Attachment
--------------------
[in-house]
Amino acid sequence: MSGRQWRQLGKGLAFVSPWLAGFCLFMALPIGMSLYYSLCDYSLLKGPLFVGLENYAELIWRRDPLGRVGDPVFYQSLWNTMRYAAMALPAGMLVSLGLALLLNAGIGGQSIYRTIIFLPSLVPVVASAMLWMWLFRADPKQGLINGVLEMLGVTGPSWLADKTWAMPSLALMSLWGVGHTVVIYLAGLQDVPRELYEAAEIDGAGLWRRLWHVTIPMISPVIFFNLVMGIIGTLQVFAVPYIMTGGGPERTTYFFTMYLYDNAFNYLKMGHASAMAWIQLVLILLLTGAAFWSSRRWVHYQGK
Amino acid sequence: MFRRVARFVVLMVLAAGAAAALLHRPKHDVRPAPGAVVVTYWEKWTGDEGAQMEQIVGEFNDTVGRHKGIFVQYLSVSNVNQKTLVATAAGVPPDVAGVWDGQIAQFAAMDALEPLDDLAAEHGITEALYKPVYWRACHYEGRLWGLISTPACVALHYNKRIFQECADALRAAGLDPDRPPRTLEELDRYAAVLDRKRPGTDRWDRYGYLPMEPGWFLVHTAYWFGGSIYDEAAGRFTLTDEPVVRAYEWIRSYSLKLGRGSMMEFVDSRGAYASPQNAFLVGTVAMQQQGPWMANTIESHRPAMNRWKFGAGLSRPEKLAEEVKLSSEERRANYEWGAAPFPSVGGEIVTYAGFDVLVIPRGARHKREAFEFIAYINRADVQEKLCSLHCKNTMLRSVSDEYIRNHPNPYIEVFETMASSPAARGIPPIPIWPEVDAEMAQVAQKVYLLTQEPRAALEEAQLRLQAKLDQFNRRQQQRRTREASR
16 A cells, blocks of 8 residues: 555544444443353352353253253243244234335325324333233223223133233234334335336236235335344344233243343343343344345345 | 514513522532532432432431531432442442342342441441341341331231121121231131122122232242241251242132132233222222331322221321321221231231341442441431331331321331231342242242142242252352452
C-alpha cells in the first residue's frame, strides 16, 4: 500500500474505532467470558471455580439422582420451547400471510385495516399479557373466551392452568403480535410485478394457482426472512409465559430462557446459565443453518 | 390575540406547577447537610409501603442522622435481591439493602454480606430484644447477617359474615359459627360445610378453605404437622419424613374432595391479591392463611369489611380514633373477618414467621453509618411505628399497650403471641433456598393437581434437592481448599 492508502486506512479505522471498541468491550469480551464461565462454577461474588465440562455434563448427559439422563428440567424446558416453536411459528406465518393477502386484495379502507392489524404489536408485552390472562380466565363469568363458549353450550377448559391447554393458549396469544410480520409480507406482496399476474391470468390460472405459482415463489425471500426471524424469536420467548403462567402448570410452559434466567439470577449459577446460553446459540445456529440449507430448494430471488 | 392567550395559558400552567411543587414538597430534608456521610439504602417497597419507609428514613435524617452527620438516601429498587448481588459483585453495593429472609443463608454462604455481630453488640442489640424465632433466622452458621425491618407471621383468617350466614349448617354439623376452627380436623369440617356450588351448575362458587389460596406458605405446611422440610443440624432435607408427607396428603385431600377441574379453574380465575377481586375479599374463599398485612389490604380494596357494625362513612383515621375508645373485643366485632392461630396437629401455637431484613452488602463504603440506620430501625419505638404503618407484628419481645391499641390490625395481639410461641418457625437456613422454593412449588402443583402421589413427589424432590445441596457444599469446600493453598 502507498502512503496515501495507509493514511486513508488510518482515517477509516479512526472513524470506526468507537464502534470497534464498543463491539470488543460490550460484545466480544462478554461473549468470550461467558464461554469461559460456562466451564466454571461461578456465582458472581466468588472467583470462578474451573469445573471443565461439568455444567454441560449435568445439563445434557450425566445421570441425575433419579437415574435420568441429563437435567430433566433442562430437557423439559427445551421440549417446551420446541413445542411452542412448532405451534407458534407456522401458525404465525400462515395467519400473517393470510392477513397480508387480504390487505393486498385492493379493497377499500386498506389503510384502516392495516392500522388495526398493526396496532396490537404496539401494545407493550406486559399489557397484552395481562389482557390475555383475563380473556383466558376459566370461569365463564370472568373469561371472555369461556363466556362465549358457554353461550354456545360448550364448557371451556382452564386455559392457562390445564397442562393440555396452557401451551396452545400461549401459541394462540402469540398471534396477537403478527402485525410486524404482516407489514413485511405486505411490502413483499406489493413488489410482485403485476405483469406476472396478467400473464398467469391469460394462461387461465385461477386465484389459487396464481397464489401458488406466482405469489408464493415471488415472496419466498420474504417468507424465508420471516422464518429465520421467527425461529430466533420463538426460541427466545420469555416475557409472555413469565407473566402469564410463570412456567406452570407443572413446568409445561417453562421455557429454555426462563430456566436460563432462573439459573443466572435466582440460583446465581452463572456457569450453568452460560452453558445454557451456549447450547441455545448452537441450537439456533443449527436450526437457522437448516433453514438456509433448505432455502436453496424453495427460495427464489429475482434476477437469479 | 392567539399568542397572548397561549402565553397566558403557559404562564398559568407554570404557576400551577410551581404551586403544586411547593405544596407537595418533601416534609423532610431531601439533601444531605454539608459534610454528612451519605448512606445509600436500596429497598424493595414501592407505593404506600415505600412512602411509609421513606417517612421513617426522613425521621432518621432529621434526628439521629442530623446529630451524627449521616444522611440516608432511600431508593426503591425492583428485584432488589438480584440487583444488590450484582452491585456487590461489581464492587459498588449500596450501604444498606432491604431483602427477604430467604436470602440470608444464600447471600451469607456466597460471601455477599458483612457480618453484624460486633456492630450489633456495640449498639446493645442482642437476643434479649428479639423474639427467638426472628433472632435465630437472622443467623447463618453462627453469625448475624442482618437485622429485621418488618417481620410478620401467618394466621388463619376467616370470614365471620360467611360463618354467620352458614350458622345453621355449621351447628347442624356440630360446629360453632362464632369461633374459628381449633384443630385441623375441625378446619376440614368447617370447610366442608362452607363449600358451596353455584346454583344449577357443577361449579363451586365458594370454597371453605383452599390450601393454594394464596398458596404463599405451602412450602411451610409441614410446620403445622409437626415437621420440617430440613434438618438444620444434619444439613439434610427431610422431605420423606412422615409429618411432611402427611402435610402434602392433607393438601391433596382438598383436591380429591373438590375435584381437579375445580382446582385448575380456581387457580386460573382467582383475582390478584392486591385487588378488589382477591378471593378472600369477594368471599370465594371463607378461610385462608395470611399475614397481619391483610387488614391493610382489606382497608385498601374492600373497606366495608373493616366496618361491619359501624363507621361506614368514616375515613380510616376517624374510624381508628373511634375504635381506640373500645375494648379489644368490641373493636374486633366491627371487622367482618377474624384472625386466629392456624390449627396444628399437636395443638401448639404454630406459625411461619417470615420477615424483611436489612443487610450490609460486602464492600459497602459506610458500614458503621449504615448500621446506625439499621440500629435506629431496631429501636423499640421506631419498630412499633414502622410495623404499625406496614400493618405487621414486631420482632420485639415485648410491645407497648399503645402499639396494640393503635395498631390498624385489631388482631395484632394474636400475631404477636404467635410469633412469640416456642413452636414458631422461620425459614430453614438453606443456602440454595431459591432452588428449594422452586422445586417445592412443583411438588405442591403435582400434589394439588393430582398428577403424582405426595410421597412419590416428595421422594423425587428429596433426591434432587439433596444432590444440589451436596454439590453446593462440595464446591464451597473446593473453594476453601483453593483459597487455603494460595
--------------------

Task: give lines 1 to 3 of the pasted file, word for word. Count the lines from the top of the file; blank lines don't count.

[in-house]
Amino acid sequence: MSGRQWRQLGKGLAFVSPWLAGFCLFMALPIGMSLYYSLCDYSLLKGPLFVGLENYAELIWRRDPLGRVGDPVFYQSLWNTMRYAAMALPAGMLVSLGLALLLNAGIGGQSIYRTIIFLPSLVPVVASAMLWMWLFRADPKQGLINGVLEMLGVTGPSWLADKTWAMPSLALMSLWGVGHTVVIYLAGLQDVPRELYEAAEIDGAGLWRRLWHVTIPMISPVIFFNLVMGIIGTLQVFAVPYIMTGGGPERTTYFFTMYLYDNAFNYLKMGHASAMAWIQLVLILLLTGAAFWSSRRWVHYQGK
Amino acid sequence: MFRRVARFVVLMVLAAGAAAALLHRPKHDVRPAPGAVVVTYWEKWTGDEGAQMEQIVGEFNDTVGRHKGIFVQYLSVSNVNQKTLVATAAGVPPDVAGVWDGQIAQFAAMDALEPLDDLAAEHGITEALYKPVYWRACHYEGRLWGLISTPACVALHYNKRIFQECADALRAAGLDPDRPPRTLEELDRYAAVLDRKRPGTDRWDRYGYLPMEPGWFLVHTAYWFGGSIYDEAAGRFTLTDEPVVRAYEWIRSYSLKLGRGSMMEFVDSRGAYASPQNAFLVGTVAMQQQGPWMANTIESHRPAMNRWKFGAGLSRPEKLAEEVKLSSEERRANYEWGAAPFPSVGGEIVTYAGFDVLVIPRGARHKREAFEFIAYINRADVQEKLCSLHCKNTMLRSVSDEYIRNHPNPYIEVFETMASSPAARGIPPIPIWPEVDAEMAQVAQKVYLLTQEPRAALEEAQLRLQAKLDQFNRRQQQRRTREASR